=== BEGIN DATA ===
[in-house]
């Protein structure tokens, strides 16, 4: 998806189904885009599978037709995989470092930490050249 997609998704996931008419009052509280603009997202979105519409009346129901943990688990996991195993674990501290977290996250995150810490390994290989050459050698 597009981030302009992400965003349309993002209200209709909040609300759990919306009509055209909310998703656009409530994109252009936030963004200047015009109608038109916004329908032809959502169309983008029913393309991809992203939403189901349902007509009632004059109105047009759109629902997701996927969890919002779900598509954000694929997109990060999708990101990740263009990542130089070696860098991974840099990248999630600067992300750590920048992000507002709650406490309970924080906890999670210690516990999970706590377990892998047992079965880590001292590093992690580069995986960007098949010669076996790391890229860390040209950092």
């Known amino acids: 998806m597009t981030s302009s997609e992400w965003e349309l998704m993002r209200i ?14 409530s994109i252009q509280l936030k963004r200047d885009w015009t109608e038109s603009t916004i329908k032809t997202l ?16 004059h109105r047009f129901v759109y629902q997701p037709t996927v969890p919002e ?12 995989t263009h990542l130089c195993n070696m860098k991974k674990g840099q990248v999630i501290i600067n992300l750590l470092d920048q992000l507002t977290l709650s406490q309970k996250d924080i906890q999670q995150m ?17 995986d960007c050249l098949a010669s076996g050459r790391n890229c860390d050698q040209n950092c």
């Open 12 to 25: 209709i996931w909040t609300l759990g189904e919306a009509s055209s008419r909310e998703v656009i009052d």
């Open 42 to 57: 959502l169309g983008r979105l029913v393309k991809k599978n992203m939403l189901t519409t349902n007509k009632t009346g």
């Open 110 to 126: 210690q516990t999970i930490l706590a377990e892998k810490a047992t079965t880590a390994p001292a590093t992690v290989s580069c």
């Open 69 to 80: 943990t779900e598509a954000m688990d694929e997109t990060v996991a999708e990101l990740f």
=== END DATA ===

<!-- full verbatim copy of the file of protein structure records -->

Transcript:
[in-house]
């Protein structure tokens, strides 16, 4: 998806189904885009599978037709995989470092930490050249 997609998704996931008419009052509280603009997202979105519409009346129901943990688990996991195993674990501290977290996250995150810490390994290989050459050698 597009981030302009992400965003349309993002209200209709909040609300759990919306009509055209909310998703656009409530994109252009936030963004200047015009109608038109916004329908032809959502169309983008029913393309991809992203939403189901349902007509009632004059109105047009759109629902997701996927969890919002779900598509954000694929997109990060999708990101990740263009990542130089070696860098991974840099990248999630600067992300750590920048992000507002709650406490309970924080906890999670210690516990999970706590377990892998047992079965880590001292590093992690580069995986960007098949010669076996790391890229860390040209950092």
């Known amino acids: 998806m597009t981030s302009s997609e992400w965003e349309l998704m993002r209200i ?14 409530s994109i252009q509280l936030k963004r200047d885009w015009t109608e038109s603009t916004i329908k032809t997202l ?16 004059h109105r047009f129901v759109y629902q997701p037709t996927v969890p919002e ?12 995989t263009h990542l130089c195993n070696m860098k991974k674990g840099q990248v999630i501290i600067n992300l750590l470092d920048q992000l507002t977290l709650s406490q309970k996250d924080i906890q999670q995150m ?17 995986d960007c050249l098949a010669s076996g050459r790391n890229c860390d050698q040209n950092c």
């Open 12 to 25: 209709i996931w909040t609300l759990g189904e919306a009509s055209s008419r909310e998703v656009i009052d």
């Open 42 to 57: 959502l169309g983008r979105l029913v393309k991809k599978n992203m939403l189901t519409t349902n007509k009632t009346g």
């Open 110 to 126: 210690q516990t999970i930490l706590a377990e892998k810490a047992t079965t880590a390994p001292a590093t992690v290989s580069c």
């Open 69 to 80: 943990t779900e598509a954000m688990d694929e997109t990060v996991a999708e990101l990740f």